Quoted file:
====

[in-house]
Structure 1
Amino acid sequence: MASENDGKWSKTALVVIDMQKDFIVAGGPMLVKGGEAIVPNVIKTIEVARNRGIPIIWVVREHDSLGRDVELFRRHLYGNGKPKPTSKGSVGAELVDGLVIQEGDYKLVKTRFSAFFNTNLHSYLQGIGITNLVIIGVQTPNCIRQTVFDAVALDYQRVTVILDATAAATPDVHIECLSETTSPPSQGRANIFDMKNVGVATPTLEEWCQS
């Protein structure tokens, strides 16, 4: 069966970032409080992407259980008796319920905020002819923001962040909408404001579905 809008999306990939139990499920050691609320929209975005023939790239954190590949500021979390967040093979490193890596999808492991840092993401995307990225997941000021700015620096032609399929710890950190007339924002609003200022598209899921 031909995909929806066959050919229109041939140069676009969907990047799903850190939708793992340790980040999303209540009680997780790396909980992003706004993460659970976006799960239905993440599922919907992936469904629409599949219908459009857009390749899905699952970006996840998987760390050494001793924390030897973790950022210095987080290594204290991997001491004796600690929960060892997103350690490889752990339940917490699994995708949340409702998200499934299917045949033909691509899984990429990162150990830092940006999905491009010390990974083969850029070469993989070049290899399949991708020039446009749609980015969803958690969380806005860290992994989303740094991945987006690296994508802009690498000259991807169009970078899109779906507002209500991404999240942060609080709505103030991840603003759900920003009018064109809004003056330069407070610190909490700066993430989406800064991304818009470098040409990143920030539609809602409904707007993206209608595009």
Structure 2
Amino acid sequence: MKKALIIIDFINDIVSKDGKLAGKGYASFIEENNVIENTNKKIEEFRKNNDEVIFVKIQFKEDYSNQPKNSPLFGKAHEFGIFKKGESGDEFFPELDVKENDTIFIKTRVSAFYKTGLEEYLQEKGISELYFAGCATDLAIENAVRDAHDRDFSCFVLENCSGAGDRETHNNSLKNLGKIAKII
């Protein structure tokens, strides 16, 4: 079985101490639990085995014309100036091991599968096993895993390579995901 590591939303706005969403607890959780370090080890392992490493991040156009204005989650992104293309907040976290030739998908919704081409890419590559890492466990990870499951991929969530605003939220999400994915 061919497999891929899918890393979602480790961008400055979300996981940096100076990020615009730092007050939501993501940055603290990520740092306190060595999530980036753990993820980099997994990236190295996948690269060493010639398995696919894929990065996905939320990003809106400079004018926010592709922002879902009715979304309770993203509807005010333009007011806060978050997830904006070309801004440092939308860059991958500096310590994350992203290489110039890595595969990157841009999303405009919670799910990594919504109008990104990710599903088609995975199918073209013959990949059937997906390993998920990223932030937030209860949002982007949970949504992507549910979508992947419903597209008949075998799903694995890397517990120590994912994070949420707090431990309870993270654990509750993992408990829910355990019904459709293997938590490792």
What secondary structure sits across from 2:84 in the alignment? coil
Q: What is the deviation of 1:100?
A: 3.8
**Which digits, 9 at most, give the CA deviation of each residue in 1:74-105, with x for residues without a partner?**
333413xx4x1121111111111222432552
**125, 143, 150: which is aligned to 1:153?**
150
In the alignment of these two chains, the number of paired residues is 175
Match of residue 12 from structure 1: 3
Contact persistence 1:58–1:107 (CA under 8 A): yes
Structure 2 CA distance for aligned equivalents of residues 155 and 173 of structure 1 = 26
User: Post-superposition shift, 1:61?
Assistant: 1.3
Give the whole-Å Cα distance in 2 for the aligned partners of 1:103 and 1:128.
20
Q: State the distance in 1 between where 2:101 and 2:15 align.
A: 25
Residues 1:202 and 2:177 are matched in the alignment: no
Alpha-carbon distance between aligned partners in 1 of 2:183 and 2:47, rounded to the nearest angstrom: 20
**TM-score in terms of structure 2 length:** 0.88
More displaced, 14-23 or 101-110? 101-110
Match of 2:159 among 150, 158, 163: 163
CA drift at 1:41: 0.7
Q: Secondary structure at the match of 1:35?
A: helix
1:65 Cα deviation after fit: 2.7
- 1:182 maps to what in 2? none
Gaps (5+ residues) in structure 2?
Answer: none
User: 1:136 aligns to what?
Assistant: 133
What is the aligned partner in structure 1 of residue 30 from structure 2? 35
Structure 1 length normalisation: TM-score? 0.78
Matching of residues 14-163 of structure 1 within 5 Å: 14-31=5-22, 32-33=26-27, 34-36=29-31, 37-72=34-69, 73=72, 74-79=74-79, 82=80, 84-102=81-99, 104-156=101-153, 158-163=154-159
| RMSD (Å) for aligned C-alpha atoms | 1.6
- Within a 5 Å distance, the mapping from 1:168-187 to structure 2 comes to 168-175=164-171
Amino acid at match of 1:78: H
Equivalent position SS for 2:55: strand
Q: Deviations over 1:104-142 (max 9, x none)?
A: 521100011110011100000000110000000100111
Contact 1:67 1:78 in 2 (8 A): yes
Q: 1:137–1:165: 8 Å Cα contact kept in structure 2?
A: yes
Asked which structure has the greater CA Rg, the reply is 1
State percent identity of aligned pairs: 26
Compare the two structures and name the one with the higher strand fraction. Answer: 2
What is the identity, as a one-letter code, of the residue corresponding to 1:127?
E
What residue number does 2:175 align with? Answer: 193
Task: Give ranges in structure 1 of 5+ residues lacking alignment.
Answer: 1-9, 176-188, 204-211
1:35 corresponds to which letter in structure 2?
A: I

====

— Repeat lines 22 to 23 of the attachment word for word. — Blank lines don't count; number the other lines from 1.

20
Q: State the distance in 1 between where 2:101 and 2:15 align.